Shafak is a Fellow and a Vice President of the Royal Society of Literature and has been chosen among BBC’s 100 most inspiring and influential women. She is a founding member of ECFR (European Council on Foreign Relations). An advocate for women’s rights, LGBTQ+ rights and freedom of expression, Shafak is an inspiring public speaker and twice TED Global speaker. Shafak contributes to major publications around the world and she was awarded the medal of Chevalier de l’Ordre des Arts et des Lettres. In 2017 she was chosen by Politico as one of the twelve people “who will give you a much-needed lift of the heart”. She has judged numerous literary prizes, including PEN Nabokov prize and she has chaired the Wellcome Prize. Shafak was awarded the Halldór Laxness International Literature Prize for her contribution to ‘the renewal of the art of storytelling’.

Philippe sands

Philippe Sands is Professor of Public Understanding of Law at University College London, and Samuel and Judith Pisar Visiting Professor of Law at Harvard Law School. He served as President of English PEN until last year, and is on the board of the Hay Festival of Arts and Literature.

Author of many academic books, he has also published  East West Street (2016) and The Ratline (2020). Philippe is an occasional contributor to many publications, including the Guardian, Financial Times and New York Times, and appears regularly on the BBC and CNN. His latest book, The Last Colony, was published in September 2022.

Dina Nayeri is the author of two novels and two books of creative nonfiction, Who Gets Believed? (2023) and The Ungrateful Refugee (2019), winner of the Geschwister Scholl Preis and finalist for the Los Angeles Times Book Prize, the Kirkus Prize, and Elle Grand Prix des Lectrices, and called by The Guardian “a work of astonishing, insistent importance.” Her essay of the same name was one of The Guardian’s most widely read long reads in 2017, and is taught in schools and anthologized around the world. A 2019-2020 Fellow at the Columbia Institute for Ideas and Imagination in Paris, and winner of the 2018 UNESCO City of Literature Paul Engle Prize, Dina has won a National Endowment for the Arts literature grant, the O. Henry Prize, and Best American Short Stories, among other honors.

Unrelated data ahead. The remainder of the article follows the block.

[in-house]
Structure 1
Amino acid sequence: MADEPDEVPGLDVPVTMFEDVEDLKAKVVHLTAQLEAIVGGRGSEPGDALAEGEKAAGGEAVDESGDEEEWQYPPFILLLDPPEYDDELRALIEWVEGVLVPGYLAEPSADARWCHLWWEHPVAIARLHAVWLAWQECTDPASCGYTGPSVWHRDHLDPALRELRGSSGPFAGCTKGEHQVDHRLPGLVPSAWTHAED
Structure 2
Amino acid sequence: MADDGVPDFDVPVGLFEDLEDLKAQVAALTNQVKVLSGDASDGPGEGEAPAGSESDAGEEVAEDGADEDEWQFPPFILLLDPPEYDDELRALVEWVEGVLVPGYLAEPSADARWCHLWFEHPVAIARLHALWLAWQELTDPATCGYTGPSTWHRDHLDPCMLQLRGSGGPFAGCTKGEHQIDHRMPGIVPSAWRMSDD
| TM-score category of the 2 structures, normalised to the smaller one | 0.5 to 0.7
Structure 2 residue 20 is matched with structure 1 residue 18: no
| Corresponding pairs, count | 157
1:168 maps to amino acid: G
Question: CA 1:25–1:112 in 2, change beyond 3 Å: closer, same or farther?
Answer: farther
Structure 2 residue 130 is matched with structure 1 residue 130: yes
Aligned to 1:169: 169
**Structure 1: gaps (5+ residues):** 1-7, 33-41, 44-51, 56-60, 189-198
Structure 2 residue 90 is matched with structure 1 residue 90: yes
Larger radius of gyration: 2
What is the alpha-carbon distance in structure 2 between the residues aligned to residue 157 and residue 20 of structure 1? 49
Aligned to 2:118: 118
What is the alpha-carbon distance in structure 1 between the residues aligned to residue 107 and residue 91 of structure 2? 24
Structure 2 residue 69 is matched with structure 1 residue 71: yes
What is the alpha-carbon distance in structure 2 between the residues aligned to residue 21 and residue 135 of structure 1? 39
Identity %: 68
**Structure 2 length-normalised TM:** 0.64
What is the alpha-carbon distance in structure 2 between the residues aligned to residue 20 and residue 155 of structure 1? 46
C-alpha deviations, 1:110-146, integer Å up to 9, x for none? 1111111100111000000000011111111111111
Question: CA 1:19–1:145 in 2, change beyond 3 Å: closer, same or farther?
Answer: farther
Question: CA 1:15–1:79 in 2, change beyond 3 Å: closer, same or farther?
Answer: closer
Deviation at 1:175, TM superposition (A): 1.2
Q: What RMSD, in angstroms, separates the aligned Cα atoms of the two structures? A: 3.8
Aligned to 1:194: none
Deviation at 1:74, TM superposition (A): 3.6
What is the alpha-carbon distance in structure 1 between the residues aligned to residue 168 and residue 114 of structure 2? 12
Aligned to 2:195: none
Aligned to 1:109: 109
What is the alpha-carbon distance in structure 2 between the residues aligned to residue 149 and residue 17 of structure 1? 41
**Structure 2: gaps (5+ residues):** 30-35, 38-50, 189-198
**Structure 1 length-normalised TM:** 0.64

Her work has been published in 20+ countries and in The New York Times, The Guardian, The Washington Post, The New Yorker, Granta, and many other publications.  Her short dramas have been produced by the English Touring Theatre and The Old Vic in London.  She is a graduate of Princeton, Harvard, and the Iowa Writers Workshop.  In autumn 2021, she was a Fellow at the American Library in Paris. She is currently working on plays, screenplays, and her upcoming publications include The Waiting Placea nonfiction children’s book about refugee camp, Who Gets Believeda creative nonfiction book, and Sitting Birda novel. She has recently joined the faculty at the University of St. Andrews.